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St Cyprians Cathedral


UPDATED: 26/11/2019

26 NOVEMBER 1899, Massive hailstorm hits Kimberley.
26 NOVEMBER 1926, De Beers Stadium foundation stone laid, 1926
26 NOVEMBER 1956, Champion boxer Charlie Weir, the ‘Silver Assassin’ born, 1956
26 NOVEMBER 1961, Dedication of the Memorial Tower at St Cyprian’s Cathedral by the Archbishop of Cape Town.



St Cyprians Cathedral

The idea of the Anglicans building a “more worthy parish church” was mooted in 1901, when the former rector Bishop Gaul of Mashonaland, chided the St Cyprian’s congregation for continuing to worship in a “tin shanty”: he was referring to the wood and iron church in Jones Street built in 1879-80.

The foundation stone for the Neo-Gothic church building that would become the Cathedral was laid (by Bishop Gaul) on 5 March 1907 and the completed Nave was dedicated on 13 May 1908. St Cyprian’s Church became a Cathedral when Episcopal Synod approved the formation of the new Diocese of Kimberley and Kuruman in October 1911, the first Bishop, Gore Browne, being enthroned in 1912. The foundation stone for the Chancel was laid in 1913, but war intervened and it was completed only in 1926 – as a war memorial. The Lady Chapel was added in memory of Dean Robson in 1936 (when a vestry and a new organ, by J. W. Walker & Sons Ltd, were also built).

The building was brought nearer to completion on 26 November 1961 with the dedication of the memorial bell tower – which was built closely following the original cathedral design (the architect had been Arthur Lindley of the firm of Greatbatch). A watercolour impression of the anticipated Chancel was painted by William M. Timlin, artist and architect, and a partner in Greatbatch & Timlin, who guided some of the later phases of construction. Funds for the building of the tower were given in memory of parishioners who lost their lives in World War II.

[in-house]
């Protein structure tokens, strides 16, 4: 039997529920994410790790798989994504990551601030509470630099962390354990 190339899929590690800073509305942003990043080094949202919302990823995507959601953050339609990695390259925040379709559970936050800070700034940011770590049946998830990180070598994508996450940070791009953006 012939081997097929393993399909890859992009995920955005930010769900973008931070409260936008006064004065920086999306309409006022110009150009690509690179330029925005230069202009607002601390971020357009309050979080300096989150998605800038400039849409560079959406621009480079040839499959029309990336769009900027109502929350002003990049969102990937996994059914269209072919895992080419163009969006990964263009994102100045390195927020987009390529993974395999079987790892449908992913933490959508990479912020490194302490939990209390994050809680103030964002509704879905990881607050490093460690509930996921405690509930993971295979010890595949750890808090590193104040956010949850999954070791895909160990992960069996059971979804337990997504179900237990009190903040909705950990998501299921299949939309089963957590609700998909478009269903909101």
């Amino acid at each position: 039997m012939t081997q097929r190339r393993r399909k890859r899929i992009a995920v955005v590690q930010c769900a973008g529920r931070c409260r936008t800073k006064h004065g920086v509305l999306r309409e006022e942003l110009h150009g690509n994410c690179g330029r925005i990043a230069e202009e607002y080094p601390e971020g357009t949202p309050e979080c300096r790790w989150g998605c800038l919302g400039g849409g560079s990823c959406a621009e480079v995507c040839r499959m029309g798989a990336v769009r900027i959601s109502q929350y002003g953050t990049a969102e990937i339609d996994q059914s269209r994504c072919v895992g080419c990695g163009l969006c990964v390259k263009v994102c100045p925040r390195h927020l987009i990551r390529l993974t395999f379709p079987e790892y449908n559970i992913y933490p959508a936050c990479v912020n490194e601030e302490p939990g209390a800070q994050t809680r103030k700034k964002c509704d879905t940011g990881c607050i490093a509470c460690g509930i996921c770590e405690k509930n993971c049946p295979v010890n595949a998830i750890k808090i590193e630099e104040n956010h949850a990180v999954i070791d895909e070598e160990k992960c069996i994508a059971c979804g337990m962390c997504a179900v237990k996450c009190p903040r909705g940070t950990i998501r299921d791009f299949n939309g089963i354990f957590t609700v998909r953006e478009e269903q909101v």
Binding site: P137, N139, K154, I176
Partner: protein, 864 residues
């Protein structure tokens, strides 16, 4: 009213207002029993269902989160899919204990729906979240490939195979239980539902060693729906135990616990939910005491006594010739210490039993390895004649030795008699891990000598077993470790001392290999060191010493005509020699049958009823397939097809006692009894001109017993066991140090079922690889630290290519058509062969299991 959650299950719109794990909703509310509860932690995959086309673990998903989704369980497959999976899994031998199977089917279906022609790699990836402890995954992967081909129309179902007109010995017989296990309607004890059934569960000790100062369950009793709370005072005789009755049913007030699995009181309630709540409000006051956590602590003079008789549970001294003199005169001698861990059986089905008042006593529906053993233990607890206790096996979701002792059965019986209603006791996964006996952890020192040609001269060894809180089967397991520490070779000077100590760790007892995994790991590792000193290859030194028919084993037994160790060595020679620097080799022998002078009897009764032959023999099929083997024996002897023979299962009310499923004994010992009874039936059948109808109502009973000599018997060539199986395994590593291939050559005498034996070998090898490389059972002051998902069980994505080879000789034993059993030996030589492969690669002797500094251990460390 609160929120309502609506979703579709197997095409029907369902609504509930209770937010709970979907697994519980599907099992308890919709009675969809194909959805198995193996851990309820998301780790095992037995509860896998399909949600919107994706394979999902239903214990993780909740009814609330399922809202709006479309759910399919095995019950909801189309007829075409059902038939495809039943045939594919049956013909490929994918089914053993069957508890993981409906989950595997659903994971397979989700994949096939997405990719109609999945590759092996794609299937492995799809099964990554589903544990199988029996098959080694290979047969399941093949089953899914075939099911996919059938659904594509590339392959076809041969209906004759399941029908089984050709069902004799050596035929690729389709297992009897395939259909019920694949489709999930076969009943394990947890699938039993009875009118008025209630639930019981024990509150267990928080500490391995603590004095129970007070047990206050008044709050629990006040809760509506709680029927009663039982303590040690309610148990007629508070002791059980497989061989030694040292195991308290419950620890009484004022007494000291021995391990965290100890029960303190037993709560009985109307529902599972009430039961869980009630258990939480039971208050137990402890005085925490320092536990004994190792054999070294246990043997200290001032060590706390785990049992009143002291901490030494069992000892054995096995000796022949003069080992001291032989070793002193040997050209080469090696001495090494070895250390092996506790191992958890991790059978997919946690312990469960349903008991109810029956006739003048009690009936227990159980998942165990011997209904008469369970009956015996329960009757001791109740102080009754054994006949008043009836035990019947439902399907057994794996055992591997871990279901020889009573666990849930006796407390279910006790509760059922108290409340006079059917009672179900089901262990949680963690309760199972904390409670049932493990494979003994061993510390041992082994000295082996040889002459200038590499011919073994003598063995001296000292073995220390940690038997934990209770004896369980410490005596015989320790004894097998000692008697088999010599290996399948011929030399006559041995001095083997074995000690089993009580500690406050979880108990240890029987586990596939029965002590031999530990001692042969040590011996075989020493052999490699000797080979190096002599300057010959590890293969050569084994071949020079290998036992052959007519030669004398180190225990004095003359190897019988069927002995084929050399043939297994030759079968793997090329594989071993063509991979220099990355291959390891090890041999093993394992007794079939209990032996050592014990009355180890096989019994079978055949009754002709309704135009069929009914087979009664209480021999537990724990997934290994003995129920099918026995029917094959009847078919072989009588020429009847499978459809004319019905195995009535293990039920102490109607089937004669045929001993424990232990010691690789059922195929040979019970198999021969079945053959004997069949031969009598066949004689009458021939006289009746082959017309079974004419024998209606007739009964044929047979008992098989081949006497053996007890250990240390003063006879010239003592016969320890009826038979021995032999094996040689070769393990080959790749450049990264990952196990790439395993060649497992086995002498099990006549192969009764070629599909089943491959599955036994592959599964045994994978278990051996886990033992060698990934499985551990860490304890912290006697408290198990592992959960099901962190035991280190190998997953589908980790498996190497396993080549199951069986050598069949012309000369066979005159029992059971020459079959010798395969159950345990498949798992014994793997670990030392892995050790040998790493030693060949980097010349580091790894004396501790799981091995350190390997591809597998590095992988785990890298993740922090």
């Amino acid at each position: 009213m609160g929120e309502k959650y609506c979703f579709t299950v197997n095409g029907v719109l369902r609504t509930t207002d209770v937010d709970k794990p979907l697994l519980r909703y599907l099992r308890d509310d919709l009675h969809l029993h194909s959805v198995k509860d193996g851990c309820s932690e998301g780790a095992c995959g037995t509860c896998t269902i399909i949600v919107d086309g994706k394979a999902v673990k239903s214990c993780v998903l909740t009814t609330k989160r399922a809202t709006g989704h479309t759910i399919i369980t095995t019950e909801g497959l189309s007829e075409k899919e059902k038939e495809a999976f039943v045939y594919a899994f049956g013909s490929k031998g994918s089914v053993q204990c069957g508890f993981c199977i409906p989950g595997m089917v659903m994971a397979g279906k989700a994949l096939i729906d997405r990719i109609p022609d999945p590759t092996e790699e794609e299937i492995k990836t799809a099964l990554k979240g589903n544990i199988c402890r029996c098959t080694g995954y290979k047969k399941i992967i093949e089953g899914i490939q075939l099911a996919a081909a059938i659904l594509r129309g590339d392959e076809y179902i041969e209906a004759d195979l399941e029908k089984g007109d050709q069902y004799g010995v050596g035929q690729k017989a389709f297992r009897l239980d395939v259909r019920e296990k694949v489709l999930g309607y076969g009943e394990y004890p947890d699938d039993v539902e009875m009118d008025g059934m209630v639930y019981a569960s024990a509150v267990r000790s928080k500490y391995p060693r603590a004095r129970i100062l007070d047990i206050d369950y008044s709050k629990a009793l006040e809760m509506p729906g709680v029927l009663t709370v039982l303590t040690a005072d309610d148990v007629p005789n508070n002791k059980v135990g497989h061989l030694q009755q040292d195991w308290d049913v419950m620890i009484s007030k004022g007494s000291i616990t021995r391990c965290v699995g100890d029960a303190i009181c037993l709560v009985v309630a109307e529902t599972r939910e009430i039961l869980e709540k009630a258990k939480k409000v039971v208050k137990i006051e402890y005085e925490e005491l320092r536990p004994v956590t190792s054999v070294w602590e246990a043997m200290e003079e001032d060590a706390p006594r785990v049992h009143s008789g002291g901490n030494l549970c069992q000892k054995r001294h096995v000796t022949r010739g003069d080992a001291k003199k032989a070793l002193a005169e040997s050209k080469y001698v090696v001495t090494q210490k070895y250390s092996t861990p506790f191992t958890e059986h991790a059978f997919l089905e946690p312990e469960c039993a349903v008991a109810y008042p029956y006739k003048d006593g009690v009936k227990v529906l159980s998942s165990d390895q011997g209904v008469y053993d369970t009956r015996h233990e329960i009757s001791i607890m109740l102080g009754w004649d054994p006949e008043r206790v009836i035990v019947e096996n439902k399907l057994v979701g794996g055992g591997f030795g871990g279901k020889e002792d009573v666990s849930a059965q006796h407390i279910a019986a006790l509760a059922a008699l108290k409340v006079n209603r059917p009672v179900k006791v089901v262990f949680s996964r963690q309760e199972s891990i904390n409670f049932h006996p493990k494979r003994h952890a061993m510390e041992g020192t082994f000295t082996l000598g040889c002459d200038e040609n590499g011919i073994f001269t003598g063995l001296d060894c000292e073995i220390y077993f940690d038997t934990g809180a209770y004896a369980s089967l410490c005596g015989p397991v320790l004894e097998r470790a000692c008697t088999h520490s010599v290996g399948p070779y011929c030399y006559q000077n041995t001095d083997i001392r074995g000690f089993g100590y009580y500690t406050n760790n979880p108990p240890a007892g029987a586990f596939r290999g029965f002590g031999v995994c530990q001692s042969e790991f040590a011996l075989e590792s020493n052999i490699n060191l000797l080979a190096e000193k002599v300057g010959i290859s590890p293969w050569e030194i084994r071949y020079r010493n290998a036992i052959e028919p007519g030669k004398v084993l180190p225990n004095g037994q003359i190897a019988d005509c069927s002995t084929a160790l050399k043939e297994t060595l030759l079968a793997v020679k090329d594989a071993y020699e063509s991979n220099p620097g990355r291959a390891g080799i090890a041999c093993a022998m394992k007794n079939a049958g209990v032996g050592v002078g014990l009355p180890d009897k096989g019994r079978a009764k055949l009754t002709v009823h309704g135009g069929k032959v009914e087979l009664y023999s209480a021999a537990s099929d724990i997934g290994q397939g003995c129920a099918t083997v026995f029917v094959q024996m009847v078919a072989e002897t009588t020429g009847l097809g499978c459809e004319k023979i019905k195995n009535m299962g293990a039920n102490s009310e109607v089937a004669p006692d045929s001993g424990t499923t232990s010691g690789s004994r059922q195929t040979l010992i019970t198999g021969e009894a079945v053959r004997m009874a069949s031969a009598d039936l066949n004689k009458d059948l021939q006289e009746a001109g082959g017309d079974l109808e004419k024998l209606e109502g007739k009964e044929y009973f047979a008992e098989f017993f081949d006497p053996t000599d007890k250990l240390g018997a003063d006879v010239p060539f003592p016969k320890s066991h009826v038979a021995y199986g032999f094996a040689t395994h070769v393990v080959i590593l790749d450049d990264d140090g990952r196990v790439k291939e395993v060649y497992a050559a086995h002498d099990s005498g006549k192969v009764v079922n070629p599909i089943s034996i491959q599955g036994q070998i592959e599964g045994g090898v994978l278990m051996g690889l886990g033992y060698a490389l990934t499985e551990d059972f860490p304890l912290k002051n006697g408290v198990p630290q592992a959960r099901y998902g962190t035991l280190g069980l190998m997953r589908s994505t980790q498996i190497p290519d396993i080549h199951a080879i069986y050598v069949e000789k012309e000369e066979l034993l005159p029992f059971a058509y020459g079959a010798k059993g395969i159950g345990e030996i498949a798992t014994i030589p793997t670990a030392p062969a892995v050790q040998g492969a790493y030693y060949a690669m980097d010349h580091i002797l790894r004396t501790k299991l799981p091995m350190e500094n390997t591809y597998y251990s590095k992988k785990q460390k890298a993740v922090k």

St Cyprians Cathedral – Photo by David Morris

Stained glass windows, plaques, furnishings and ornaments have been added by succeeding generations. Complementing earlier twentieth century glass, the Holy Spirit windows in the south transept, of thick scintillating glass set in concrete, are by the Pretoria artist Leo Theron.

(Main photograph: David Morris. The other two photographs depicting the “Tin Shanty” and the Cathedral between 1908 and 1920s (pre-Chancel) are from the McGregor Museum collection.)

26 NOVEMBER 1899, Massive hailstorm hits Kimberley.
26 NOVEMBER 1961, Dedication of the Memorial Tower at St Cyprian’s Cathedral by the Archbishop of Cape Town.


Today in Kimberley's History 26 November Halfway House HotelLegends and myths abound throughout the world and Kimberley is no exception. And most of the time the myths are much more entertaining than the truth. That is certainly the case with the story of how the Halfway House managed to get its drive-in bar liquor licence.

The Legend

Cecil John Rhodes certainly enjoyed a drink or two, and when travelling between the various mines in Kimberley and Beaconsfield owned by his company De Beers, he was in too much of a rush to get off his horse and enter the Half for his customary tipple. To alleviate this problem, as a member of the Cape Legislature, he managed to pass a law allowing patrons to be served on horseback or in their carts outside the hotel without entering the premises.

The Truth

The Halfway House was already serving alcoholic beverages to vehicles by the middle of the 1870s. A toll station – one of seven – was opposite the hotel and people entering or leaving Kimberley would be waiting in long queues in the unbearable heat of summer. As the licensee of The Half had full liquor license privileges he could indeed serve people in their transport outside The Half.

Cecil Rhodes only owned (through De Beers) all the mines in the Kimberley and Beaconsfield region by 1889, and he only became a member of the Cape Assembly in 1880 and Prime Minister in 1890 so the chances of him passing a special law are remote. Remember that by 1875 the Half was already a “drive-in bar” and that the West End Hotel had the same licence and the same drive-in facilities.

It is believed that during the Siege of Kimberley, when many Long Tom shells fell in the vicinity of The Half (as a prime target was Rhodes at the Kimberley Sanatorium over the road), that Rhodes was a regular tippler at The Half when returning from his daily rounds of Kimberley. And he stayed on his horse while doing so.

Today in Kimberley's History 26 November Cecil John Rhodes Horse

From Kimberley Calls and Recalls on Facebook

By Steve Lunderstedt

Aeon Computer Kimberley

About Steve Lunderstedt


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